Monday, July 07, 2008

Vassar on "Nice Guys"

Michael Vassar at Overcoming Bias makes a foray into the Beta question:

[W]hen women grow up, they find that they aren't attracted to the men they were told to look for. Maybe they believe, with reason even, that such men are 'boys', not 'men', and find this unattractive (ultimately because it was and still is evolutionarily unfit). Instead, most women spurn the timid advances made by the 'nice guys' they think they should prefer. But since they believe they should be choosing such men, they also decide that the men they reject cannot be the type they were told to prefer. This may explain why 'nice guys' might end up labeled 'liars'.

In this model, the nerd's sense of thwarted entitlement comes from recognizing that he has the traits X, Y, and Z that authority figures told him to display and that women claim to want - which does nothing to change the fact that feelings of thwarted entitlement for ANY reason are extremely unattractive.

Read the whole thing.

UPDATE: as Bobvis has noted, Overcoming Bias has a lot of great material

3 comments:

trumwill said...

One of the questions at hand that complicates this whole subject greatly is "What is it that the nerds want that is being thwarted?"

If the answer is finding a life partner, I'm not convinced that nerds are particularly thwarted absent some exigent circumstance. Almost all of the nerdy men I know are either married or had the chance to be and declined for whatever reason. The exceptions are people with particularly unattractive traits (that would be unattractive to anybody) that are independent of their non-alphahood. The exceptions also notably have trouble maintaining same-sex friendships, too.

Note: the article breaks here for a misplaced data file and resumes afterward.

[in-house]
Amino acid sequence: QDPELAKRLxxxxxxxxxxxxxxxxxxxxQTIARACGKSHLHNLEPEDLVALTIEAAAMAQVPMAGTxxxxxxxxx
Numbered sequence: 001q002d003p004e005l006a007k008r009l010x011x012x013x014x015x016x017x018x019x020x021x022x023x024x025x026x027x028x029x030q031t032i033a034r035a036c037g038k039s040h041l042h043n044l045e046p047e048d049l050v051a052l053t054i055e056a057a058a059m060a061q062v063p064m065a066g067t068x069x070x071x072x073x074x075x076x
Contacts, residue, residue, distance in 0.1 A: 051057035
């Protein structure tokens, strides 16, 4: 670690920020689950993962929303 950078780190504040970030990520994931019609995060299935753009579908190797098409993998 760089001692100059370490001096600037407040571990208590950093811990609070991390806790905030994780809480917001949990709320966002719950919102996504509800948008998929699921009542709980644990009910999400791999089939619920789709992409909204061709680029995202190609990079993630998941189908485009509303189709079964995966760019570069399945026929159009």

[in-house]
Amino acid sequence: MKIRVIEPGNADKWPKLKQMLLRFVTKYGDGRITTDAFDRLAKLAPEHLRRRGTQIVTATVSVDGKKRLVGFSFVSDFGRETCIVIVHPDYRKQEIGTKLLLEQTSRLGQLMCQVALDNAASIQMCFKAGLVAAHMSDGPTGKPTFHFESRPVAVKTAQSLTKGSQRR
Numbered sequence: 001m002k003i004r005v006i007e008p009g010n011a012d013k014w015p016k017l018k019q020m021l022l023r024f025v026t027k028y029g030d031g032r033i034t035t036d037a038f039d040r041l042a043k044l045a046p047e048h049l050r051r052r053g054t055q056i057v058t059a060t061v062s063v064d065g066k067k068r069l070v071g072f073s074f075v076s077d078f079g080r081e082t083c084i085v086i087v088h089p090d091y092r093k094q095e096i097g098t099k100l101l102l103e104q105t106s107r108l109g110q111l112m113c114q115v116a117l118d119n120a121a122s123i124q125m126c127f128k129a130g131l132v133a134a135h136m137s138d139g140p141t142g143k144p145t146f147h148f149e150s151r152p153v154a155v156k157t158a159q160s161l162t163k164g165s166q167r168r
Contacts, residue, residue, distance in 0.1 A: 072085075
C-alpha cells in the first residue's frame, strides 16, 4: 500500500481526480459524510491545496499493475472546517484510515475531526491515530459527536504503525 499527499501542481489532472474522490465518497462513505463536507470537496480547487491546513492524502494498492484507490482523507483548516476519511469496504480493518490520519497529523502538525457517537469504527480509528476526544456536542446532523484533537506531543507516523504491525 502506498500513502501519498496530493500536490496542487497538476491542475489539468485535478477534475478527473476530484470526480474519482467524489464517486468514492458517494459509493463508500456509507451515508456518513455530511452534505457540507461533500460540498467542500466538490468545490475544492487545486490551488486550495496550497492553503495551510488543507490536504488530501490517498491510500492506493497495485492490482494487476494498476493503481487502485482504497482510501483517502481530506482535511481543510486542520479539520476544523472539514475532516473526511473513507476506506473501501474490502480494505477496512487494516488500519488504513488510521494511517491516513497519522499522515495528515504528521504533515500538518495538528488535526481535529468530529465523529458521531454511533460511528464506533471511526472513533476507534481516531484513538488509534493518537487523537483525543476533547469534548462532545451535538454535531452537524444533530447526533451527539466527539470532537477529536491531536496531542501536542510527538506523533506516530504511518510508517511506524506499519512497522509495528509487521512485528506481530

What the nerds seem to be missing out on most is a lot of sexual partners, but that's somewhat outside the scope of what we're told we will get if we are X, Y, and Z.

The in-between area is probably where the nerds have their best case to make. When I was young and single, it was hard just finding a girlfriend.

I half-reject the notion put forth by the article's authors that women convince themselves that nice guys aren't nice simply because they're not otherwise desirable. To claim to be nice is something that is extremely easy to do. The banner of Nice Guys Finish Last is an easy one to carry. A lot of guys that aren't really nice carry it. They convince themselves that they are nice because they have often had limited or no ability to actually do any damage. I almost never broke any hearts when I was a teenager because I never had the opportunity. My 20's were a different matter.

I don't think that the author's point is completely without merit, though. Attractive guys get a lot more leeway then unattractive guys do. They get the benefit of the doubt ("They're really a nice guy deep inside!") that others don't get. It's worth noting that it goes the other way, too (I've more than once tried to convince myself that an attractive girl was a lot more than she was).

I also think that the ev-psych explanation is rather unnecessary. Whining is unattractive. Being seen as undesirable by others makes one undesirable to people that otherwise might not hold that opinion. It works with cars and it works with people, too.

Φ said...

Trumwill: there's a lot to unwrap here, but you are correct that the market does clear . . . eventually. Markets tend to do that. And there is much truth to your observation that many people are "nice" for want of alternatives, although it begs the question of what evidence (or lack thereof) remains to convince women that such men are "liars".

But Vassar's paragraph on "thwarted entitlement" really spoke to me.

trumwill said...

I wrote another big long comment but Blogspot doesn't like me and I forgot to put it in the clipboard which I usually do because Blogspot often does this when you want to change accounts.

In any case, it basically said that I did like the quote, thought it encapsulated genuine male frustration well, and agree about the dangers of supposing that any man that complains about being unable to find someone is inherently unworthy.